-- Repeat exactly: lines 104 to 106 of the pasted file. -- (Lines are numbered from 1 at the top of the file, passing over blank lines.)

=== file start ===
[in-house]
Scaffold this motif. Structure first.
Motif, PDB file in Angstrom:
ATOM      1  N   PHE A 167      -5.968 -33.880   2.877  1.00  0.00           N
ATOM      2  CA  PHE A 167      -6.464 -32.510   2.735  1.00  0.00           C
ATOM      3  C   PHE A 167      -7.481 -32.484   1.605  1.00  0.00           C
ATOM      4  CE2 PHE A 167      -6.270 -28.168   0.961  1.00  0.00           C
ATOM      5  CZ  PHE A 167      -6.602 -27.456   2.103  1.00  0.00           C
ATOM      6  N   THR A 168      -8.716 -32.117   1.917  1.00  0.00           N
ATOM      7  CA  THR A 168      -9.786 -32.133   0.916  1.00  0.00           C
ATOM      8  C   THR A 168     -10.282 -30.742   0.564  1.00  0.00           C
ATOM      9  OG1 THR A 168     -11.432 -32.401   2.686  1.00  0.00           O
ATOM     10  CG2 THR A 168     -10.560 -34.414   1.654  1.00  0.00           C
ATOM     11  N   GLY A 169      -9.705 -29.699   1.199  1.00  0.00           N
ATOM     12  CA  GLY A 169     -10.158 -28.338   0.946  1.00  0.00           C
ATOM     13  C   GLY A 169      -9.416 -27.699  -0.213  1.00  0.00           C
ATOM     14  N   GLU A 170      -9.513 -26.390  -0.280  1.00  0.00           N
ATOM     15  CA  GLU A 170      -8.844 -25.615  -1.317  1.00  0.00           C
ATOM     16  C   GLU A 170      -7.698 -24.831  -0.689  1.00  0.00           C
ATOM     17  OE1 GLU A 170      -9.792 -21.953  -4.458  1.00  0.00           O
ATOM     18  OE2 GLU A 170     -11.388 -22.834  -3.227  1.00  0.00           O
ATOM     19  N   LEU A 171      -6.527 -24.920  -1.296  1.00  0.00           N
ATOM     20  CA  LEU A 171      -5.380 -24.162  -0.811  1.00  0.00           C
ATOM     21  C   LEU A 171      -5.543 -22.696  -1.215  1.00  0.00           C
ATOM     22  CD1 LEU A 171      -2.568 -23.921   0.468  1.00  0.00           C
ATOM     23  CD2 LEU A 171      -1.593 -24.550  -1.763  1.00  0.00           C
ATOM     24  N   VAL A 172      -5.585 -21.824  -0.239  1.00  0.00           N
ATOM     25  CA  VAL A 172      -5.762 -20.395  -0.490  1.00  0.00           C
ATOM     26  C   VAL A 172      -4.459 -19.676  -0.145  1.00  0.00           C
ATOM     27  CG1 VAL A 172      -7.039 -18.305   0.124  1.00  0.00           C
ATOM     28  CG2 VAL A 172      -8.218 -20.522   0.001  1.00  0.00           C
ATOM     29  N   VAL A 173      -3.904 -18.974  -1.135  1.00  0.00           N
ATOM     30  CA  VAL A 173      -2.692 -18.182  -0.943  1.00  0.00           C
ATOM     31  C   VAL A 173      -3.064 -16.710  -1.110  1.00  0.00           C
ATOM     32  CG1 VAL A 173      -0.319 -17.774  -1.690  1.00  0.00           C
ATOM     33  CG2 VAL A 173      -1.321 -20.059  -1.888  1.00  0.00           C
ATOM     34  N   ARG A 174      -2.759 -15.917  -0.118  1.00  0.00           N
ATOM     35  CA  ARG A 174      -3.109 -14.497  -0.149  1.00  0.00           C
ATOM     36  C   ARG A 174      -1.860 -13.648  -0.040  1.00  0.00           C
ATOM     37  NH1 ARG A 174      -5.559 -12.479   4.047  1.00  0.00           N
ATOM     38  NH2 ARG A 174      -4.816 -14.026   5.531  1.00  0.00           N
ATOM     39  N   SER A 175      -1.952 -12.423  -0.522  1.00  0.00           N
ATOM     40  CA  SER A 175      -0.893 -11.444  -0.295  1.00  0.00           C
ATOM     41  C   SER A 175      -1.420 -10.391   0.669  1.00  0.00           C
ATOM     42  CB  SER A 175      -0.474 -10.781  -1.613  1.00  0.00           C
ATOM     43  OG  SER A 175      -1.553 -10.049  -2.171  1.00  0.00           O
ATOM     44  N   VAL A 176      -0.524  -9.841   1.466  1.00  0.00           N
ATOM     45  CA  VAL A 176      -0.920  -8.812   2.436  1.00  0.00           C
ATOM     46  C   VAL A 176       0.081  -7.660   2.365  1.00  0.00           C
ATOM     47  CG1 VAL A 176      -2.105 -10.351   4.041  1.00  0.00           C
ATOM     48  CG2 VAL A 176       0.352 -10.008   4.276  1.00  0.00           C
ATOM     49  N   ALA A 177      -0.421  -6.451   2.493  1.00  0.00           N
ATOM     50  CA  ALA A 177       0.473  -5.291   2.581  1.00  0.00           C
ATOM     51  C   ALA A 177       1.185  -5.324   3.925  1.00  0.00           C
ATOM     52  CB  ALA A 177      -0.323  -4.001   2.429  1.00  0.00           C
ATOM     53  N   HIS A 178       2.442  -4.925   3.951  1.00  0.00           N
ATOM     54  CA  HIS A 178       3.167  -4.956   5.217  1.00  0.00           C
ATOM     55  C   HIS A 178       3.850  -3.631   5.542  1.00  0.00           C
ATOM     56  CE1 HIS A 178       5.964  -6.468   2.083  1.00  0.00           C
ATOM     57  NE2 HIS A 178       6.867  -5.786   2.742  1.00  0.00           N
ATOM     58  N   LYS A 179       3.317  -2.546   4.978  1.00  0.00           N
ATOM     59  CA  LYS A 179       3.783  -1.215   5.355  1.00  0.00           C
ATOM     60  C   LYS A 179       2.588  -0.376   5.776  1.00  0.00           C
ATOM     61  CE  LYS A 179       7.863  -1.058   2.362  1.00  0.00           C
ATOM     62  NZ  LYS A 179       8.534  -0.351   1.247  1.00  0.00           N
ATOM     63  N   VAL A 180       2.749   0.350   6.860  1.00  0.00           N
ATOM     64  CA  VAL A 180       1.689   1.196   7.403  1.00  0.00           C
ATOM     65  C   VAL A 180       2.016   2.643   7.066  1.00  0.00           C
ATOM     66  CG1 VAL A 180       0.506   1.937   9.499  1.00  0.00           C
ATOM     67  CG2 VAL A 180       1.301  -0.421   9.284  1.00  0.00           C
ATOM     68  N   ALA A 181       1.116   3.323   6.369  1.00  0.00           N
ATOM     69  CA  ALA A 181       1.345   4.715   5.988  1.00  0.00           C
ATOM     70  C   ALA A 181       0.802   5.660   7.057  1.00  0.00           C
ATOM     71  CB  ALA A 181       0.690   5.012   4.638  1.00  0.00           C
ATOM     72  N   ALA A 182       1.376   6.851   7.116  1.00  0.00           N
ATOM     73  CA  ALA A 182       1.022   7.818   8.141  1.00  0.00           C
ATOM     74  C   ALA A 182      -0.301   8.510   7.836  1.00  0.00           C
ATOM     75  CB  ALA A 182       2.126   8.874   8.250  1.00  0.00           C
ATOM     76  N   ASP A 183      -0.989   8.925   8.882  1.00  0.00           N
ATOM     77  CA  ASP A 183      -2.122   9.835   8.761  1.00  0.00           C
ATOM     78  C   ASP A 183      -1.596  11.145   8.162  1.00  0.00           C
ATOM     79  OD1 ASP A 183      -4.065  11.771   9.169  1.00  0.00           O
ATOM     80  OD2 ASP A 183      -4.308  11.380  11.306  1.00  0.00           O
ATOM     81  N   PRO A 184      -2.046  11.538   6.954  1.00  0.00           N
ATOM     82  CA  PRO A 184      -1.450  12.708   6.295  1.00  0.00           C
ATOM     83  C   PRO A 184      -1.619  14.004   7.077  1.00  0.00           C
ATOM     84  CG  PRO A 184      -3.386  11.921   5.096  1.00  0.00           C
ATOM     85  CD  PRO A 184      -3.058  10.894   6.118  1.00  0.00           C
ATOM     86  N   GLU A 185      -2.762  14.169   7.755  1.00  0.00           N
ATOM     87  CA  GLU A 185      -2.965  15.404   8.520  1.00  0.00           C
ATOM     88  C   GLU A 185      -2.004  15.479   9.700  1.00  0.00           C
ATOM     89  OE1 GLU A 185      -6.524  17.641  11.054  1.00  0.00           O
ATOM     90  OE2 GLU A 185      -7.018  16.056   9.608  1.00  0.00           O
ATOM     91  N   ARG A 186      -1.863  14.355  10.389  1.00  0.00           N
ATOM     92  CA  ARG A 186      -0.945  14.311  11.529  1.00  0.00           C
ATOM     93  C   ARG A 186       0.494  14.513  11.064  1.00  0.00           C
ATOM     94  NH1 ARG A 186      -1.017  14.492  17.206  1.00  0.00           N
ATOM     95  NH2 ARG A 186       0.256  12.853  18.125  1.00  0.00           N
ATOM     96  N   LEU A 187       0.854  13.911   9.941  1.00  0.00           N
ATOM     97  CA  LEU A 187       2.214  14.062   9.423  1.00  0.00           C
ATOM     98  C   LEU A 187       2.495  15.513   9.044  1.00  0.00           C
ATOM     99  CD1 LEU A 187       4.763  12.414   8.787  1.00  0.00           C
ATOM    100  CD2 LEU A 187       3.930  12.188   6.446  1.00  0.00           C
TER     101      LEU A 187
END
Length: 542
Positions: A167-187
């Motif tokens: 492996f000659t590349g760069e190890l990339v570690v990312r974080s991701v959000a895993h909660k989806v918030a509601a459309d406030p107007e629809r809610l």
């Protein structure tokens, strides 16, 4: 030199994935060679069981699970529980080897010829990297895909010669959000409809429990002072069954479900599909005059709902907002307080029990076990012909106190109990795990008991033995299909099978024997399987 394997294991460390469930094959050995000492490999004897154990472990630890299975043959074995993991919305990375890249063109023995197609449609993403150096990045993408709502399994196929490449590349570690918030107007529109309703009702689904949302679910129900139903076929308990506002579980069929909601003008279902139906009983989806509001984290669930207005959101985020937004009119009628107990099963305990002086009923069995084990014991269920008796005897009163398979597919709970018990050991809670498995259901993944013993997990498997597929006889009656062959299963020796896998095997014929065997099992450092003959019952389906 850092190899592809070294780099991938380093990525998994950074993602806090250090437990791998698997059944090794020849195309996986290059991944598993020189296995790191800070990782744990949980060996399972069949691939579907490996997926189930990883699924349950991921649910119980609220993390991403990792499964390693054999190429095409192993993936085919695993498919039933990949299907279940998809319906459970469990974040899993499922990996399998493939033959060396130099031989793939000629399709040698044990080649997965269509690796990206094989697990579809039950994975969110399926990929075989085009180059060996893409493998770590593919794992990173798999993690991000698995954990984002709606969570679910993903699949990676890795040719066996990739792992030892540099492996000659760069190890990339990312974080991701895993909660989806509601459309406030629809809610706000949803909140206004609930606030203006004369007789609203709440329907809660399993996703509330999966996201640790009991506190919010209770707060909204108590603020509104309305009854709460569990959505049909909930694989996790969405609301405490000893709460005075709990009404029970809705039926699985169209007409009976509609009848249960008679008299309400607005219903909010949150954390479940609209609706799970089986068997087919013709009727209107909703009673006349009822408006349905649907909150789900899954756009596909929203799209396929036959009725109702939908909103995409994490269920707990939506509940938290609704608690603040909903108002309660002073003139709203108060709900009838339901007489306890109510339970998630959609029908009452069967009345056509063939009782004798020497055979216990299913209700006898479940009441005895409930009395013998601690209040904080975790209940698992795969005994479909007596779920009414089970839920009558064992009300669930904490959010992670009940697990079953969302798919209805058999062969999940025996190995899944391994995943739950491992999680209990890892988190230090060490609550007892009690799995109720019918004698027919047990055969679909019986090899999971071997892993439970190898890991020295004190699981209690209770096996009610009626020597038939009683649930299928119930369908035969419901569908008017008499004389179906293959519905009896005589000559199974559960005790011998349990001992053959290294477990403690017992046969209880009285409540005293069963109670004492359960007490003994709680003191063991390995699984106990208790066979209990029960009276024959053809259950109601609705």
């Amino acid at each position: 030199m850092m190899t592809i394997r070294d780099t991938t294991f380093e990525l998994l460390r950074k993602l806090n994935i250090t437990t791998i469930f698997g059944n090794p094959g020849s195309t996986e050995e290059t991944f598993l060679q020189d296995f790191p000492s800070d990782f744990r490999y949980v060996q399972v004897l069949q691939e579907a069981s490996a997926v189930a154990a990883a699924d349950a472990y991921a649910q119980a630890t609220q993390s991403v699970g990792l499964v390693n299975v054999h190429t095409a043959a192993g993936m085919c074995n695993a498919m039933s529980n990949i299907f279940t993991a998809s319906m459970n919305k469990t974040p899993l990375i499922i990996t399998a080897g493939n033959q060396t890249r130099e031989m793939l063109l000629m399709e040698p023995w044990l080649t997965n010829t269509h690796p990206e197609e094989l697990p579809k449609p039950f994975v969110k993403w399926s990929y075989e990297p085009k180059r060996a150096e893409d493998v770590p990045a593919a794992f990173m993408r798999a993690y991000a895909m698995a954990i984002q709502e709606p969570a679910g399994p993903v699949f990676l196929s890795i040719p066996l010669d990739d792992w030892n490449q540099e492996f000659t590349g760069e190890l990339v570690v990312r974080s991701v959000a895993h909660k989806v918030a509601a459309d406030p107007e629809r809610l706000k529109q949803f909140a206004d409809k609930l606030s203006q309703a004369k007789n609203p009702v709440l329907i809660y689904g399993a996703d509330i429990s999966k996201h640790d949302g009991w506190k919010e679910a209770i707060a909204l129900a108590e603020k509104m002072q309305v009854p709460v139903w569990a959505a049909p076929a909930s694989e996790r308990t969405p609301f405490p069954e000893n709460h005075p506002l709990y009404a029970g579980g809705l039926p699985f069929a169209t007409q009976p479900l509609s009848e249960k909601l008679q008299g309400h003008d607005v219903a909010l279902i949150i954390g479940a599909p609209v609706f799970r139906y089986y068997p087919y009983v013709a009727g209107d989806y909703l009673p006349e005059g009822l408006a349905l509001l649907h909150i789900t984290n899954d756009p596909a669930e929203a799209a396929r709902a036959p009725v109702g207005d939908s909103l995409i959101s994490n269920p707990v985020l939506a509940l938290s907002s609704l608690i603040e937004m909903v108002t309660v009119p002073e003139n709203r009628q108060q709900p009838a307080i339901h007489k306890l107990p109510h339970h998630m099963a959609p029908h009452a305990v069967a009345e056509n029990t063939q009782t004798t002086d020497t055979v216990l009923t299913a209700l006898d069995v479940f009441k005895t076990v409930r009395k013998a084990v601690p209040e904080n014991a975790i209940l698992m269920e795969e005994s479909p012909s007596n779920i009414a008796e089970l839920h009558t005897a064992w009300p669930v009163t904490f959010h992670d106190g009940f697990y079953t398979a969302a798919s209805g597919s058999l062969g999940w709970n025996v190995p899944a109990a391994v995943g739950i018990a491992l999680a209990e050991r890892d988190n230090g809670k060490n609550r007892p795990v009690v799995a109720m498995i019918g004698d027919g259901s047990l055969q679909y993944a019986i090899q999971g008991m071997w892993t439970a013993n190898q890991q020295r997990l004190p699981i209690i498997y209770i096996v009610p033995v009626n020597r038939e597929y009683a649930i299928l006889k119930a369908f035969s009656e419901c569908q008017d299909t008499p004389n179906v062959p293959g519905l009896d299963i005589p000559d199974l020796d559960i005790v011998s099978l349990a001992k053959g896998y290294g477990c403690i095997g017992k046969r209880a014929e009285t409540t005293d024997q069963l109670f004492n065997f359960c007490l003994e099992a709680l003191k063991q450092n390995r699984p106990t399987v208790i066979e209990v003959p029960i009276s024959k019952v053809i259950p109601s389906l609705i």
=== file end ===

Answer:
TER     101      LEU A 187
END
Length: 542